Chikungunya fever (CHIK) is a mosquito-borne disease, caused by an alphavirus responsible for large outbreaks, with reports of over 10 million cases in a decade worldwide. In the Americas, 2.7 million cases have been reported between the discovery of the virus in 2013 and 2017, with 773 thousand (29%) occurring in Brazil, mostly in Northeast Brazil in the state of Pernambuco, which was the epicenter of an epidemic that occurred in 2017 [1, 2]. Clinically, the disease is characterized by fever and joint pain that is generally disabling in the acute phase and may last from months to years, with the potential to evolve into chronic musculoskeletal symptoms in approximately 30–40% of cases [3]. In addition, the spectrum of the disease includes severe and atypical forms, with involvement of the central and peripheral nervous system, heart, kidneys, lungs, liver, and circulatory system [47].

In this scenario of reemergence of outbreaks, there is a concern about the intensity of the disease in the acute phase, which may cause incapacity, and the risk of complications in users of immunosuppressive drugs, especially patients with rheumatological disease who already have joint involvement [8, 9].

The use of immunosuppressive drugs such as biological disease-modifying antirheumatic drugs (bDMARDs) is often applied in rheumatological diseases. Despite the benefit of the use of bDMARDs, these drugs are known to have immunomodulatory and immunosuppressive effects, predisposing the users to an increased risk of infections and their complications by viruses such as cytomegalovirus (CMV), varicella zoster virus, Epstein-Barr virus, hepatitis B virus, and influenza virus [810]. On the other hand, bDMARDs have the potential to block inflammatory cytokines, can reduce the inflammatory process in tissues induced by viral infection, and may have benefits in the outcome of some diseases that have a chronic pattern, such as chikungunya fever [1113].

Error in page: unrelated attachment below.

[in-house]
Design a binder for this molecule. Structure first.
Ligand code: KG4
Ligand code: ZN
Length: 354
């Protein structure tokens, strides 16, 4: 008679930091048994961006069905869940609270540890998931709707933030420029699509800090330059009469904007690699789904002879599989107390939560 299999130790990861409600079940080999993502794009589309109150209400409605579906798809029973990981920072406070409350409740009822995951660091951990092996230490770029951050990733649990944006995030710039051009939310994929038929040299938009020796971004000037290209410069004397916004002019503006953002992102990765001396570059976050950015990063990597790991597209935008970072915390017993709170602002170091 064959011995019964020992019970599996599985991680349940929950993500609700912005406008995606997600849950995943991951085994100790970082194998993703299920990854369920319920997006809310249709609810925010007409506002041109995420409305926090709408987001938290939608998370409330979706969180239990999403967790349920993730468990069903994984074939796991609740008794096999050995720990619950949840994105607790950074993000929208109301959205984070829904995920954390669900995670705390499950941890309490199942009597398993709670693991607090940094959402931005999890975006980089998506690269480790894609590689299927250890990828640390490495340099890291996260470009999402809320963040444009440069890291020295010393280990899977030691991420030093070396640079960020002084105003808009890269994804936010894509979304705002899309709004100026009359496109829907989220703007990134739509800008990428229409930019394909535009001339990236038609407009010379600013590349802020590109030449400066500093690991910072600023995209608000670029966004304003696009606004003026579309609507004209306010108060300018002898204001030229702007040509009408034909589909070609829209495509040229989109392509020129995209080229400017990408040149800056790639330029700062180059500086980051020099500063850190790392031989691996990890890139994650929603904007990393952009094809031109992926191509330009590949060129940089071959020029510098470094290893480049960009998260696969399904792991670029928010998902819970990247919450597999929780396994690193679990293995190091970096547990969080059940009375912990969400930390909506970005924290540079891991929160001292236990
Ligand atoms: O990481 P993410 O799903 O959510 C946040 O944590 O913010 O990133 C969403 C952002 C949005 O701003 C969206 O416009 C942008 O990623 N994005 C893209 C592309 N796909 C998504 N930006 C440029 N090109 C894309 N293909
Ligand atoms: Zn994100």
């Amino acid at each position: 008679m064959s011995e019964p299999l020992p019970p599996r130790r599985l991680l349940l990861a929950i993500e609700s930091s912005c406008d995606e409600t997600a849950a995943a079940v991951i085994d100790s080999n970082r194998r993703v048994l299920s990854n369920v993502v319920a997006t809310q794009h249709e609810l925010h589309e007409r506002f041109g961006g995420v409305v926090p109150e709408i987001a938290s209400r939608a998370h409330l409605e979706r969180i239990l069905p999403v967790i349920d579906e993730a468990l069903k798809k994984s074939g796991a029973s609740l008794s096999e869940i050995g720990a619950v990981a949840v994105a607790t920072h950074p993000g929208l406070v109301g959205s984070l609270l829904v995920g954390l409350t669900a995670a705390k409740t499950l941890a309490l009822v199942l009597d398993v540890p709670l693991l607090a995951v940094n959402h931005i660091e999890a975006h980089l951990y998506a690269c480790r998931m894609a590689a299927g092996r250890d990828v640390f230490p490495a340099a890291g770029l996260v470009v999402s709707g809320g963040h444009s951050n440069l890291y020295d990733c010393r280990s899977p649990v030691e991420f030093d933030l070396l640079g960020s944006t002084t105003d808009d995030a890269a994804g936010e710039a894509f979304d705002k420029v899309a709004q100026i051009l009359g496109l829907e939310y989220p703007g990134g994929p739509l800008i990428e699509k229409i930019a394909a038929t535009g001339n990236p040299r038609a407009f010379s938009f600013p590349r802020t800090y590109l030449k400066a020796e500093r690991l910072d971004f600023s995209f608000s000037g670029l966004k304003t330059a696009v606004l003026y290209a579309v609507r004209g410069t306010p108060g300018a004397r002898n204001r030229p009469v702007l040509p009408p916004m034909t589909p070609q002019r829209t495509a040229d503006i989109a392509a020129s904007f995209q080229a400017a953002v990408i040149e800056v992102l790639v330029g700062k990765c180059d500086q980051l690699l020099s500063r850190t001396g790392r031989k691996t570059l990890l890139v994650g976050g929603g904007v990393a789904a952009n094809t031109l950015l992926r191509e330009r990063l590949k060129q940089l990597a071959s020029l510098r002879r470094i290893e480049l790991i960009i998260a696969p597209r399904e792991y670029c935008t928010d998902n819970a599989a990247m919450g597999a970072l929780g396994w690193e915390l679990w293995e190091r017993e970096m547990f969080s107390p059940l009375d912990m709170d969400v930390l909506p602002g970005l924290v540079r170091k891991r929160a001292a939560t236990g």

Thus, based on the above information and the possibility of emergence of new epidemics caused by CHIKV, it is necessary to assess the disease pattern in users of these immunosuppressive drugs, defining the risks and possible benefits and contributing to future therapeutic guidelines for this group of patients.

The aim of this study was to describe the clinical pattern and evolution of CHIK in patients with chronic inflammatory arthropathy using bDMARDs and to verify the frequency of asymptomatic CHIKV infection compared with that of healthy household contacts.